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Chemotherapy Hair Loss: To Shave or Not to Shave

Chemotherapy Hair Loss: To Shave or Not to Shave

Not all chemotherapy drugs cause hair loss, but the ones that do are fairly predictable. If your doctor has told you to expect hair loss, this is what usually happens:

One and a half weeks after your first treatment, your scalp may become tender. Some people don't feel this at all, and for others their scalp becomes quite sore. This is normal and goes away after the hair loss is complete.

Hair loss begins about two weeks to the day after your first treatment and takes 3-7 days. I promise you, you will not lose your hair before two weeks, and you will not wake up one morning bald without warning.

You can generally wear your hair normally for the first few days, but by the third or fourth day (after the two week mark) you'll be ready to comb out what's left and cut it short, if you haven't already.

Whether or not to cut your hair before you begin treatment is a matter of personal preference. For some women, having their hair cut into a shorter style helps them get used to it, and it's less traumatic when the hair begins to fall.

For others, particularly if you love your hair, cutting it any sooner than you have to is more traumatic. Either way, you'll definitely want to have it cut short once hair loss begins.

100 hairs that are two inches long are much easier to deal with than 100 hairs that are 6 or 10 inches long. Also keep in mind that even before your hair begins to fall out, it will probably look dull and lose body.

In my 25 years as a hairdresser helping cancer patients through this process, here are my best recommendations:

When your scalp becomes tender is a great time to cut your hair short, down to about 2 inches. Don't shave it yet. I'll explain more later. Cutting your hair short at this point will greatly relive the tenderness.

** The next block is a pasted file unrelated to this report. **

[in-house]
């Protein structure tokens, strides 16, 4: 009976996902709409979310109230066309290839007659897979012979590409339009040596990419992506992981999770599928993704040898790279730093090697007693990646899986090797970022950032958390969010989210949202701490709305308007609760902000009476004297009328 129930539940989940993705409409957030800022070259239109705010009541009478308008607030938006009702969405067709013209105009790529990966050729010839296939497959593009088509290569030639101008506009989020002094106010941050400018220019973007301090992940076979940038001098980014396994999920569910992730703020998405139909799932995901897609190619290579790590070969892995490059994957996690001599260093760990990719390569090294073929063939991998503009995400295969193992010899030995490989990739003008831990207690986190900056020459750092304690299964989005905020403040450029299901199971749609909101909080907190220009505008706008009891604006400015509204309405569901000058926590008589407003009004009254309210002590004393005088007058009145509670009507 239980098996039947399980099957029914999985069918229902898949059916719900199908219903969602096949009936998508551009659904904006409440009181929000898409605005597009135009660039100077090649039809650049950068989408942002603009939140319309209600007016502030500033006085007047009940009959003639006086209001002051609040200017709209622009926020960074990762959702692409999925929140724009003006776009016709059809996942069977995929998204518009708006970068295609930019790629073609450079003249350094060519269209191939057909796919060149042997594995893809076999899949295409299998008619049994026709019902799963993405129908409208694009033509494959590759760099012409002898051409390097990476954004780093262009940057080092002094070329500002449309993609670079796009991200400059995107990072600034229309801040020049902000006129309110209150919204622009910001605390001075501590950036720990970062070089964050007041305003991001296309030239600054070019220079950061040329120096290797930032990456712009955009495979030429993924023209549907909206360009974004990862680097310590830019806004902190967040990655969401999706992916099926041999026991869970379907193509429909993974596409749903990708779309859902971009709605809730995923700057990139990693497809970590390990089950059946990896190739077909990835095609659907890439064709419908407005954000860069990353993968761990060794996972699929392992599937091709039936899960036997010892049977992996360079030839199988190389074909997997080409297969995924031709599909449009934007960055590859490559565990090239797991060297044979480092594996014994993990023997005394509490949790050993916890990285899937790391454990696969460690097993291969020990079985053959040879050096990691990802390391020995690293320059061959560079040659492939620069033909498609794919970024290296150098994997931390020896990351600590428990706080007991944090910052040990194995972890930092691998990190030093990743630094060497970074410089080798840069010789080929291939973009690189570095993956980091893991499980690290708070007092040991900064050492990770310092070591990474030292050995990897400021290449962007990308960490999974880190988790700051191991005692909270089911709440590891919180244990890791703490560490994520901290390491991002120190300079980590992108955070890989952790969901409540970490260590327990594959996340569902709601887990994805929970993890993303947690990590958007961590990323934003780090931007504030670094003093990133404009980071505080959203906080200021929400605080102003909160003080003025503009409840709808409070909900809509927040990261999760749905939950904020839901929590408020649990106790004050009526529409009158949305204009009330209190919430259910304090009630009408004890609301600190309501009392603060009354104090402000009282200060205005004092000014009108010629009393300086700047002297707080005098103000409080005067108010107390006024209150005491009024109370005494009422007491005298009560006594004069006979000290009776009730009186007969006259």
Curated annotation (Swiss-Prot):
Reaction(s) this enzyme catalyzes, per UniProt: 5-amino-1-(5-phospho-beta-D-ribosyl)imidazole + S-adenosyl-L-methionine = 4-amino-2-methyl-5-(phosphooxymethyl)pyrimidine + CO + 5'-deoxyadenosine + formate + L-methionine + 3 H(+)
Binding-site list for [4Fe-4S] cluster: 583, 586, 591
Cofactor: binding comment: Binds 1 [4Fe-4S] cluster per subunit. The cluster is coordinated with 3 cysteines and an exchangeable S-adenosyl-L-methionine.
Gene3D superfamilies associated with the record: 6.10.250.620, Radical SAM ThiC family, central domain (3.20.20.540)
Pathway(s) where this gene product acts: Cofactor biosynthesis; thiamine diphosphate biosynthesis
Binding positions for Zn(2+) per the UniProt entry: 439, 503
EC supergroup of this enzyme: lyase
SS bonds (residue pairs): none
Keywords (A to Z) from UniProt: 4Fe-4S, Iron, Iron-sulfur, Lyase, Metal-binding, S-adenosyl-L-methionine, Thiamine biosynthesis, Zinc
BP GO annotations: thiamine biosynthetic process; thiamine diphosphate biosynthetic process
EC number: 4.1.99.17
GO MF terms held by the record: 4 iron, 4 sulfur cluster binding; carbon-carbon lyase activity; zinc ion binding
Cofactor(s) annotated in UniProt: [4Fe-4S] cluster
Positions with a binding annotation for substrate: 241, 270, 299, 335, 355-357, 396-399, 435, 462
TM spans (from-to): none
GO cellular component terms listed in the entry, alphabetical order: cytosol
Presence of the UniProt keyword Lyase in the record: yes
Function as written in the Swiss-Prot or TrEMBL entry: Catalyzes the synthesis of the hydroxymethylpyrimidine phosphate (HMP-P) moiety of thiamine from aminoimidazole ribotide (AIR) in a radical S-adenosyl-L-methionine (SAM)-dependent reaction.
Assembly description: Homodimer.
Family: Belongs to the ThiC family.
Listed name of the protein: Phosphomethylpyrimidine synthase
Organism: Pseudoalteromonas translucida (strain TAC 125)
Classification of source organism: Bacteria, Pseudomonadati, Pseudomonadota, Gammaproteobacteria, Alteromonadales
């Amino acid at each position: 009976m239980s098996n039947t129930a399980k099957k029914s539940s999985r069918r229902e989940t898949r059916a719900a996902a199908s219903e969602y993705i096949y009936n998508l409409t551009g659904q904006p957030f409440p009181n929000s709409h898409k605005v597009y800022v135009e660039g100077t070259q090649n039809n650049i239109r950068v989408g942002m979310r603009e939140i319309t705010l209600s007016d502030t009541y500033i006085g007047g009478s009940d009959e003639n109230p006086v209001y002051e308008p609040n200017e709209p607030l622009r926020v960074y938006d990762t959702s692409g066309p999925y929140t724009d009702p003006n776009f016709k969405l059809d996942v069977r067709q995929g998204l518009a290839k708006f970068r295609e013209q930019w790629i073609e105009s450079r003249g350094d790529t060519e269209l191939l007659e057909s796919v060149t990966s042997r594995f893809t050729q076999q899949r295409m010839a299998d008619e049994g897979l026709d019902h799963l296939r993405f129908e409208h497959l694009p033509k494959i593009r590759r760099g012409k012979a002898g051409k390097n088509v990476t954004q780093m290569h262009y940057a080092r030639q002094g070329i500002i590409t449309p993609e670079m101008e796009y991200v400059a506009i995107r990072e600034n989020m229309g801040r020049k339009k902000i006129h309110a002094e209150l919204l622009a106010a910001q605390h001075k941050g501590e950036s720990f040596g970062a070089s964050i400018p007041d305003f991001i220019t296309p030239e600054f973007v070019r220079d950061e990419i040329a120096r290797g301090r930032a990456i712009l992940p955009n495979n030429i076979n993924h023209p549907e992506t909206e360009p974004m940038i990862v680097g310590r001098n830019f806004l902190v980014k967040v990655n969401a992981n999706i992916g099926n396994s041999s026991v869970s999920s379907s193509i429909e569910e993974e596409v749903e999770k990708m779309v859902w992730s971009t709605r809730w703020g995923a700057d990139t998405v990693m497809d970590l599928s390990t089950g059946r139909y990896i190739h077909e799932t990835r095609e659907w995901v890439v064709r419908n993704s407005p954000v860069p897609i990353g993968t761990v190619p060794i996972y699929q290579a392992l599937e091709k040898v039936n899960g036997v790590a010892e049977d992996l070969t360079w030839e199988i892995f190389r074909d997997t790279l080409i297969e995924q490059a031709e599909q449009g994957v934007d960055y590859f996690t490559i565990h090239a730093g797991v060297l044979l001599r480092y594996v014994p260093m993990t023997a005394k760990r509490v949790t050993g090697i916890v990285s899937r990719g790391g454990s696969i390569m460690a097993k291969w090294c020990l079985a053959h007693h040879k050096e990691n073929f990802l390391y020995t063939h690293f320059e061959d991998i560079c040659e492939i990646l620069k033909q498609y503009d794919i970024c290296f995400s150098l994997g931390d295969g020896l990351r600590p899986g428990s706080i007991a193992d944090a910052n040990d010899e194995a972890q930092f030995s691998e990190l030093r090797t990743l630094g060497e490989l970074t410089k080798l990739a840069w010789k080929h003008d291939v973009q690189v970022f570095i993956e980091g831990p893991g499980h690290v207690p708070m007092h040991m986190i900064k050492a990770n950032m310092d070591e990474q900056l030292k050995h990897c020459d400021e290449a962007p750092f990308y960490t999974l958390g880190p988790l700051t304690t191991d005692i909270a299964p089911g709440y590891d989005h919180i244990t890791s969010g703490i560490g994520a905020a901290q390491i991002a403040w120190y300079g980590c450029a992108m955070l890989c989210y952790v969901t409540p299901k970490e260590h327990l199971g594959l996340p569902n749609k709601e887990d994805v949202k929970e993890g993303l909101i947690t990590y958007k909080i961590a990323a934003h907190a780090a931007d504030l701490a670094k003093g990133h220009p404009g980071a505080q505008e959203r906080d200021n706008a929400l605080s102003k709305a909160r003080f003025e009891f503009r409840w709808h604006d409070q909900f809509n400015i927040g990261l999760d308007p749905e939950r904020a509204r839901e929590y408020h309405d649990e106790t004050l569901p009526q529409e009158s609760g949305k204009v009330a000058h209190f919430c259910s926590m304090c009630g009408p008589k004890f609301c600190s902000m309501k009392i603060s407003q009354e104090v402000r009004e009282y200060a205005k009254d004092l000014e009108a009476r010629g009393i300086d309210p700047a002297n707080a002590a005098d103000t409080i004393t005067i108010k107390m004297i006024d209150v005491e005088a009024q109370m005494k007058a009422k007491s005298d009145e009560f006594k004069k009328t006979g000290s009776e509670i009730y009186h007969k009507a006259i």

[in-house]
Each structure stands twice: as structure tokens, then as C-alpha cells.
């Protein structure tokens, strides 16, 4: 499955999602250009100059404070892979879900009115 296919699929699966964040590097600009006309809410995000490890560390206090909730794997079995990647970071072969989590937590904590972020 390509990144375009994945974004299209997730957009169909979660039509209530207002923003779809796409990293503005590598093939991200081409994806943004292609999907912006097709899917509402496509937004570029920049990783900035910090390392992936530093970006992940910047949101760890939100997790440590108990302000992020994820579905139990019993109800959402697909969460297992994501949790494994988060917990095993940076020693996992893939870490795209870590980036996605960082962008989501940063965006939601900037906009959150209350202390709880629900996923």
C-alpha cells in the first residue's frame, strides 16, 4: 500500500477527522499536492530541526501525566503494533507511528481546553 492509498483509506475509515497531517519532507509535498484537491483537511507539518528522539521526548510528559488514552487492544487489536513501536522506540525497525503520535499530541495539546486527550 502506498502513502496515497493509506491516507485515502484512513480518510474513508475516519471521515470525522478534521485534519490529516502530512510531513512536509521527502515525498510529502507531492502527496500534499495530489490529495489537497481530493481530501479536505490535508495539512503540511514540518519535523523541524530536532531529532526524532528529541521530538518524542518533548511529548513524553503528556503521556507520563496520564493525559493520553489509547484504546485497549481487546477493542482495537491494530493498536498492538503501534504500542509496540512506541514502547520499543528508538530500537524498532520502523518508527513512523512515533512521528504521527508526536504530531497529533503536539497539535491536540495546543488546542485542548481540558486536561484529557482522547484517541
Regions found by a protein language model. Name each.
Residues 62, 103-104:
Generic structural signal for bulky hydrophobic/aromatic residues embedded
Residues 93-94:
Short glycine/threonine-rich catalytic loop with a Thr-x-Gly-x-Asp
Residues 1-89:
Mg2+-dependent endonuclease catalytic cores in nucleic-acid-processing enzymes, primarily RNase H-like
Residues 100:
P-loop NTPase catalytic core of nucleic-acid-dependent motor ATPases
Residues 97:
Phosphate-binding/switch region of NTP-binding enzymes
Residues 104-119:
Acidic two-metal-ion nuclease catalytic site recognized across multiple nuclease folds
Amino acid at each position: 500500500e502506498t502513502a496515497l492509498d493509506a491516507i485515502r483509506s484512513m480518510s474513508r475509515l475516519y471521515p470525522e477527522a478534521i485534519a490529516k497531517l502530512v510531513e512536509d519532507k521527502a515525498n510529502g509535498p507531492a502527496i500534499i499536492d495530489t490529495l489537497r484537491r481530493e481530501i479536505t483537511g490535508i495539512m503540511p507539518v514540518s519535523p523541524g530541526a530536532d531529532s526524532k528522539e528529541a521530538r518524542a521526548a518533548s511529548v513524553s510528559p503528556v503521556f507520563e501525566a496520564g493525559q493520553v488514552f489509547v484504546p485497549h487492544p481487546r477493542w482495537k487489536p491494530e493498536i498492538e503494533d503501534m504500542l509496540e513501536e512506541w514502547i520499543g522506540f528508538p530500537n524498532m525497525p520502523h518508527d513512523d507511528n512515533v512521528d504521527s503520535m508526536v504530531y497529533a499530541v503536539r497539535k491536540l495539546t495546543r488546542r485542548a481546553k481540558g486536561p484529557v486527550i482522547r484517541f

Three to five days after the two week mark, your hair loss will really pick up speed and you'll be tired of dealing with it. At this point you want to encourage the hair to come out.

Gently comb out your hair. Then shampoo and rinse. A lot more will come out. Apply your regular conditioner and comb through your hair with the conditioner in. This puts just enough tension on your hair to gently coax it from the follicle. This will probably remove about 80% of your hair and it will not hurt.

Rinse out the conditioner, dry your hair and now you are ready to clip it down. It's very important that you do not clip it all the way to the scalp. Please use a #2 attachment.

If you clip it all the way to the scalp, those little whiskers will get caught in the follicle. They will detach from the papilla, the bulb that feeds the hair, but be stuck in the follicle. This will be like a splinter or ingrown hair and you will get tiny red bumps or sores. This is not good and can be totally avoided if you use an attachment and leave a little bit of hair.

Okay, so you've clipped your hair with a #2 attachment. Now take one of those masking tape lint rollers and roll it over your head. You will be amazed at how much more hair comes out. Use the lint roller several times a day to get the rest of it out. Your head will feel so much better. When the hair follicle is inflamed even the weight of a couple inches of hair can be uncomfortable.

Continue to wash your scalp with a mild shampoo (not bar soap) every day, even after you've lost your hair. Your oil glands will put out the same amount of oil whether you have hair or not, and this will keep your wig, hats and scarves cleaner.

Mar 21, 2021

I’m done with chemo and want to prepare for my hair to grow back. I cut it short and I have some hair left that has grown since I cut it short. Can I shave now to get a fresh start and more even growth?

Donna Gilreath
Mar 21, 2021

I am extremely happy with the quality of this product! Very well made and very comfortable. Highly recommend!

Julie Fear
Mar 21, 2021

Thank you for this so much. The past few days have been so emotional. I been undecided whether or not to shave my head. My hair has been falling out for about 6 days now, I am on my 20th day since I started chemo. After reading this I decided to go for it to avoid the mess every time I showered and to relieve some tenderness from my scalp. I would have have not known to use the number 2 unless I read this, also the lint roller works wonders. I am so glad I was able to follow this step by step. After doing it I have so much relief. Waiting for me seemed to add more stress, now that is gone.